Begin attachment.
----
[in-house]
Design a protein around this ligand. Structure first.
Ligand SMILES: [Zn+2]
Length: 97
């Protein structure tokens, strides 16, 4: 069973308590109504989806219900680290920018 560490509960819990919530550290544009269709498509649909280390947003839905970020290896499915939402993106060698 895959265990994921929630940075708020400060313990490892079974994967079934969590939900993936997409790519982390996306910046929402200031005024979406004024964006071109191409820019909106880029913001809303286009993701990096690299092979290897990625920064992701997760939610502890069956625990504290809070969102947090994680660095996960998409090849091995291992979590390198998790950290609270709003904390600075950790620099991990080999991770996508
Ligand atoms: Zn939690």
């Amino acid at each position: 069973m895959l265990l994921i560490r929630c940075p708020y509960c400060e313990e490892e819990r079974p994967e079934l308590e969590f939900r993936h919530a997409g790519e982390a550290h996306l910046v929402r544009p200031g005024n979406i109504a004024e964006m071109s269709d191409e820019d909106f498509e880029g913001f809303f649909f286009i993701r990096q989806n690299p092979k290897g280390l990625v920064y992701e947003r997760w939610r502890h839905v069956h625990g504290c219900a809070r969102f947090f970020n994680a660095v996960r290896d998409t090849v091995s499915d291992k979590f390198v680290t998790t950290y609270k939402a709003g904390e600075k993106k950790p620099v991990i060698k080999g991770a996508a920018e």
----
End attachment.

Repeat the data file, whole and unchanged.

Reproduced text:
[in-house]
Design a protein around this ligand. Structure first.
Ligand SMILES: [Zn+2]
Length: 97
């Protein structure tokens, strides 16, 4: 069973308590109504989806219900680290920018 560490509960819990919530550290544009269709498509649909280390947003839905970020290896499915939402993106060698 895959265990994921929630940075708020400060313990490892079974994967079934969590939900993936997409790519982390996306910046929402200031005024979406004024964006071109191409820019909106880029913001809303286009993701990096690299092979290897990625920064992701997760939610502890069956625990504290809070969102947090994680660095996960998409090849091995291992979590390198998790950290609270709003904390600075950790620099991990080999991770996508
Ligand atoms: Zn939690």
């Amino acid at each position: 069973m895959l265990l994921i560490r929630c940075p708020y509960c400060e313990e490892e819990r079974p994967e079934l308590e969590f939900r993936h919530a997409g790519e982390a550290h996306l910046v929402r544009p200031g005024n979406i109504a004024e964006m071109s269709d191409e820019d909106f498509e880029g913001f809303f649909f286009i993701r990096q989806n690299p092979k290897g280390l990625v920064y992701e947003r997760w939610r502890h839905v069956h625990g504290c219900a809070r969102f947090f970020n994680a660095v996960r290896d998409t090849v091995s499915d291992k979590f390198v680290t998790t950290y609270k939402a709003g904390e600075k993106k950790p620099v991990i060698k080999g991770a996508a920018e």